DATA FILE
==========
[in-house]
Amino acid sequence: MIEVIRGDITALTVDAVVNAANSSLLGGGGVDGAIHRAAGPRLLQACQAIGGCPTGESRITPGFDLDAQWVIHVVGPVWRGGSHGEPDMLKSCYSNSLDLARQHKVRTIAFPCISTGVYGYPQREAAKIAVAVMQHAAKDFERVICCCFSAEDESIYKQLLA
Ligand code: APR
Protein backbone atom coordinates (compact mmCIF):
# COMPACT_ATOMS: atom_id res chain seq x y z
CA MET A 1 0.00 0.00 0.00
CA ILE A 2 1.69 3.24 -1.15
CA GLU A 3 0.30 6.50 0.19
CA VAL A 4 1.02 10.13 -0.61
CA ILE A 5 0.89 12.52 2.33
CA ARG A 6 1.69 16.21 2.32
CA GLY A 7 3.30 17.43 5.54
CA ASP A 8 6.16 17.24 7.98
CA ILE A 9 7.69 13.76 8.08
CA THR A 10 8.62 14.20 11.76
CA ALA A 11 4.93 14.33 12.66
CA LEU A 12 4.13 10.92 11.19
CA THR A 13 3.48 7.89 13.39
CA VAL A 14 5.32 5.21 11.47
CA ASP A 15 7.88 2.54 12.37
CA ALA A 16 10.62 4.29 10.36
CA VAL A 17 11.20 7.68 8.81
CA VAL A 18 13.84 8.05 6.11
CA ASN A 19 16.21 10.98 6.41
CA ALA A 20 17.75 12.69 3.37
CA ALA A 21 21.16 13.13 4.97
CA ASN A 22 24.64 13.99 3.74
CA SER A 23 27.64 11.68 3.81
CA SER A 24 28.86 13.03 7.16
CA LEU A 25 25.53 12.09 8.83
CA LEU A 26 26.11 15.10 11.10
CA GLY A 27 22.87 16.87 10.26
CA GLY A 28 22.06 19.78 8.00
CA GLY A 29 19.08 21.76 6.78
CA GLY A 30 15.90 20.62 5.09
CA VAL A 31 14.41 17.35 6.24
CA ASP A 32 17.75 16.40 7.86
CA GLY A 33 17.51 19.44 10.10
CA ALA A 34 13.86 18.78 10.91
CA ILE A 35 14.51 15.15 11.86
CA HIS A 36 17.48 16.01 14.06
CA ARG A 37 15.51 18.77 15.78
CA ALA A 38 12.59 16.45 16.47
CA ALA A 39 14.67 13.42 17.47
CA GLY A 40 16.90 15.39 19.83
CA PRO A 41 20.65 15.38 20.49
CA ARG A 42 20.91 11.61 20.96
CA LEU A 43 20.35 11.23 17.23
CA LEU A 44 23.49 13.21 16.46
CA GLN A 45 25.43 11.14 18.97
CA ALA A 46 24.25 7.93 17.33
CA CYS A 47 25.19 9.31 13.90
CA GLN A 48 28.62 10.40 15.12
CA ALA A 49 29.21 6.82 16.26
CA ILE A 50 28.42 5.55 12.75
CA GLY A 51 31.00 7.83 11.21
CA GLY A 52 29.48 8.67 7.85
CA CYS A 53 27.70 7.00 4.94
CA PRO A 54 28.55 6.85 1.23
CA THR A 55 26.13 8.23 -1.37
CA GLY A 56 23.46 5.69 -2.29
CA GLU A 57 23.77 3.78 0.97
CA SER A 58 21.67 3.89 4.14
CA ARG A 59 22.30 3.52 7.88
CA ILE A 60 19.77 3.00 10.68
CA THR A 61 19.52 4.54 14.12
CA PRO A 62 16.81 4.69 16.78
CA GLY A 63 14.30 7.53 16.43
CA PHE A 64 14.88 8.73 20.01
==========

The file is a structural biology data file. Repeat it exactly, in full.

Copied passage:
[in-house]
Amino acid sequence: MIEVIRGDITALTVDAVVNAANSSLLGGGGVDGAIHRAAGPRLLQACQAIGGCPTGESRITPGFDLDAQWVIHVVGPVWRGGSHGEPDMLKSCYSNSLDLARQHKVRTIAFPCISTGVYGYPQREAAKIAVAVMQHAAKDFERVICCCFSAEDESIYKQLLA
Ligand code: APR
Protein backbone atom coordinates (compact mmCIF):
# COMPACT_ATOMS: atom_id res chain seq x y z
CA MET A 1 0.00 0.00 0.00
CA ILE A 2 1.69 3.24 -1.15
CA GLU A 3 0.30 6.50 0.19
CA VAL A 4 1.02 10.13 -0.61
CA ILE A 5 0.89 12.52 2.33
CA ARG A 6 1.69 16.21 2.32
CA GLY A 7 3.30 17.43 5.54
CA ASP A 8 6.16 17.24 7.98
CA ILE A 9 7.69 13.76 8.08
CA THR A 10 8.62 14.20 11.76
CA ALA A 11 4.93 14.33 12.66
CA LEU A 12 4.13 10.92 11.19
CA THR A 13 3.48 7.89 13.39
CA VAL A 14 5.32 5.21 11.47
CA ASP A 15 7.88 2.54 12.37
CA ALA A 16 10.62 4.29 10.36
CA VAL A 17 11.20 7.68 8.81
CA VAL A 18 13.84 8.05 6.11
CA ASN A 19 16.21 10.98 6.41
CA ALA A 20 17.75 12.69 3.37
CA ALA A 21 21.16 13.13 4.97
CA ASN A 22 24.64 13.99 3.74
CA SER A 23 27.64 11.68 3.81
CA SER A 24 28.86 13.03 7.16
CA LEU A 25 25.53 12.09 8.83
CA LEU A 26 26.11 15.10 11.10
CA GLY A 27 22.87 16.87 10.26
CA GLY A 28 22.06 19.78 8.00
CA GLY A 29 19.08 21.76 6.78
CA GLY A 30 15.90 20.62 5.09
CA VAL A 31 14.41 17.35 6.24
CA ASP A 32 17.75 16.40 7.86
CA GLY A 33 17.51 19.44 10.10
CA ALA A 34 13.86 18.78 10.91
CA ILE A 35 14.51 15.15 11.86
CA HIS A 36 17.48 16.01 14.06
CA ARG A 37 15.51 18.77 15.78
CA ALA A 38 12.59 16.45 16.47
CA ALA A 39 14.67 13.42 17.47
CA GLY A 40 16.90 15.39 19.83
CA PRO A 41 20.65 15.38 20.49
CA ARG A 42 20.91 11.61 20.96
CA LEU A 43 20.35 11.23 17.23
CA LEU A 44 23.49 13.21 16.46
CA GLN A 45 25.43 11.14 18.97
CA ALA A 46 24.25 7.93 17.33
CA CYS A 47 25.19 9.31 13.90
CA GLN A 48 28.62 10.40 15.12
CA ALA A 49 29.21 6.82 16.26
CA ILE A 50 28.42 5.55 12.75
CA GLY A 51 31.00 7.83 11.21
CA GLY A 52 29.48 8.67 7.85
CA CYS A 53 27.70 7.00 4.94
CA PRO A 54 28.55 6.85 1.23
CA THR A 55 26.13 8.23 -1.37
CA GLY A 56 23.46 5.69 -2.29
CA GLU A 57 23.77 3.78 0.97
CA SER A 58 21.67 3.89 4.14
CA ARG A 59 22.30 3.52 7.88
CA ILE A 60 19.77 3.00 10.68
CA THR A 61 19.52 4.54 14.12
CA PRO A 62 16.81 4.69 16.78
CA GLY A 63 14.30 7.53 16.43
CA PHE A 64 14.88 8.73 20.01